He has gone past being angry, smashing a bathroom to smithereens at Royals Stadium in Kansas City. He has gone past being frustrated, hurling a helmet at an umpire after being called out on strikes.
At this stage, Jack Clark is just plain lost at the plate. Confused. Baffled. Embarrassed.
And on the bench.
After striking out three more times in Boston's 3-2 loss to the California Angels Thursday night, manager Joe Morgan has put Clark out of his misery for the time being.
Morgan replaced the erstwhile slugger at designated hitter, with Phil Plantier assuming the role beginning in Friday night's 3-1 win over Oakland Athletics.
There was no argument from Clark.
"I'm personally getting nowhere fast," said Clark after looking at strike three from Bryan Harvey for the final out of Thursday's loss, the fifth straight for the Red Sox. They have won two straight since then.
In 45 games, Clark is batting .196, with only four homers and 15 RBI. He has 30 hits, only seven for extra bases.
But that only begins to tell the story of how horrible Clark looks at the plate. He has struck out 54 times, and been called out on strikes 22 times.
He insists his sore left wrist, which he tapes before every game, is not the problem.
But then, he doesn't have a clue about what the problem is, and how to solve it.
"I've been out taking a lot of extra early batting practice, working on a few things," said Clark. "And (Thursday) I thought I hit the ball well in BP, and had things under control, and then I went out and had probably my worst game of the year."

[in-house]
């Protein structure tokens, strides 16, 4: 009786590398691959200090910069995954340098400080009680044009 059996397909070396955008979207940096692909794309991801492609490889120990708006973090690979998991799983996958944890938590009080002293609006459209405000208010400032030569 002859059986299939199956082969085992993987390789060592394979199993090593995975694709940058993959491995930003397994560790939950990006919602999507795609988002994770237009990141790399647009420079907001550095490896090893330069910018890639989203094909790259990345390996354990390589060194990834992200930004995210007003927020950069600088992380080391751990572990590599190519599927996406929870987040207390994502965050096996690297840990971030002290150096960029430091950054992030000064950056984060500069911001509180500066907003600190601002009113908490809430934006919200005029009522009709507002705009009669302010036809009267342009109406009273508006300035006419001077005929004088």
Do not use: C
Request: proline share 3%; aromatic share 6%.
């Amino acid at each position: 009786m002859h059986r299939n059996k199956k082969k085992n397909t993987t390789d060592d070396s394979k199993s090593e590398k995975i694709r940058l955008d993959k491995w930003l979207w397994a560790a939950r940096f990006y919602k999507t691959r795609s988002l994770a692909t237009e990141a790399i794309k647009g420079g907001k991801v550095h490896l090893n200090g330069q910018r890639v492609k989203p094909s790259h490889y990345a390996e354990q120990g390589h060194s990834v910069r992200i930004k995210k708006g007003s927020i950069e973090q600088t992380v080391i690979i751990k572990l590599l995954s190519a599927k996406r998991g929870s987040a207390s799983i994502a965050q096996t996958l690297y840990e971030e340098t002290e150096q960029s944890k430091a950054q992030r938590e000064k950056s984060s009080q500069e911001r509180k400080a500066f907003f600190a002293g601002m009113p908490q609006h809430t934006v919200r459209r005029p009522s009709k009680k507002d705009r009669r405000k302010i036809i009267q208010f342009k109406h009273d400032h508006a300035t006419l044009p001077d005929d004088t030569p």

One thing Clark has been trying to do is alter his unorthodox hitting mechanics, in which his back foot twitches, his bat drops, his hands move around and then he approaches the ball.
He is working on squaring himself more in the batter's box, so as to see the ball better. It's working. To a point.
"I see the ball. I see myself taking third strikes, like I'm not supposed to hit it. An when I do hit it, it doesn't feel like it's going anywhere. I try to be relaxed, but nothing good is happening."
Of course, it's only early June. On July 1 last year, Clark was batting .197 with minimal power numbers, and wound up with 25 homers and 62 RBI for the San Diego Padres.
"There's a long way to go," Clark said with a shrug. "I've got to keep trying to make adjustments. But this is an empty feeling. To think I have it squared away and then have a night like this. Who can figure it? I can't. It does make any sense.
"I can't get any feedback from myself. I don't know how to talk about it. I don't even want to talk about it. But I can't stop from thinking and talkng about it."